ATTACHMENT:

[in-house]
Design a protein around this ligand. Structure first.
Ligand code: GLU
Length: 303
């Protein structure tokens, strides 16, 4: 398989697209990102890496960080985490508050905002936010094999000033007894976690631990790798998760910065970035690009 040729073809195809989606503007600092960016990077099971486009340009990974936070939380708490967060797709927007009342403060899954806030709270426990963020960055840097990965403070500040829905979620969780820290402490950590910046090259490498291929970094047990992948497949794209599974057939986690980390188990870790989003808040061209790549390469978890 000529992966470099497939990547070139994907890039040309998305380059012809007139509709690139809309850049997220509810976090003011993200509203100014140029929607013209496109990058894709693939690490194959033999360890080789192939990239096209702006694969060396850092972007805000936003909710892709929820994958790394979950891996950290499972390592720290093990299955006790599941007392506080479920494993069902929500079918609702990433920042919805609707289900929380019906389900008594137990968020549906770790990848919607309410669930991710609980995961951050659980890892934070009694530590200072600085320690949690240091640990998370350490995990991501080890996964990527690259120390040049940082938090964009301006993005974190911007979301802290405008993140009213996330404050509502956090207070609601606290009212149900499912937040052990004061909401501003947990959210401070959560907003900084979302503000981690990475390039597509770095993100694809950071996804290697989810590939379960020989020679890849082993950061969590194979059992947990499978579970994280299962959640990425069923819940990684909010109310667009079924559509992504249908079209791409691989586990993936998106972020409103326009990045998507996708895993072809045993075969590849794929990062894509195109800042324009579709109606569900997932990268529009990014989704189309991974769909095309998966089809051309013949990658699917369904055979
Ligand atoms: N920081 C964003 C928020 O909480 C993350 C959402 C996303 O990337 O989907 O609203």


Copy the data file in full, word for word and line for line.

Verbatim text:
[in-house]
Design a protein around this ligand. Structure first.
Ligand code: GLU
Length: 303
């Protein structure tokens, strides 16, 4: 398989697209990102890496960080985490508050905002936010094999000033007894976690631990790798998760910065970035690009 040729073809195809989606503007600092960016990077099971486009340009990974936070939380708490967060797709927007009342403060899954806030709270426990963020960055840097990965403070500040829905979620969780820290402490950590910046090259490498291929970094047990992948497949794209599974057939986690980390188990870790989003808040061209790549390469978890 000529992966470099497939990547070139994907890039040309998305380059012809007139509709690139809309850049997220509810976090003011993200509203100014140029929607013209496109990058894709693939690490194959033999360890080789192939990239096209702006694969060396850092972007805000936003909710892709929820994958790394979950891996950290499972390592720290093990299955006790599941007392506080479920494993069902929500079918609702990433920042919805609707289900929380019906389900008594137990968020549906770790990848919607309410669930991710609980995961951050659980890892934070009694530590200072600085320690949690240091640990998370350490995990991501080890996964990527690259120390040049940082938090964009301006993005974190911007979301802290405008993140009213996330404050509502956090207070609601606290009212149900499912937040052990004061909401501003947990959210401070959560907003900084979302503000981690990475390039597509770095993100694809950071996804290697989810590939379960020989020679890849082993950061969590194979059992947990499978579970994280299962959640990425069923819940990684909010109310667009079924559509992504249908079209791409691989586990993936998106972020409103326009990045998507996708895993072809045993075969590849794929990062894509195109800042324009579709109606569900997932990268529009990014989704189309991974769909095309998966089809051309013949990658699917369904055979
Ligand atoms: N920081 C964003 C928020 O909480 C993350 C959402 C996303 O990337 O989907 O609203």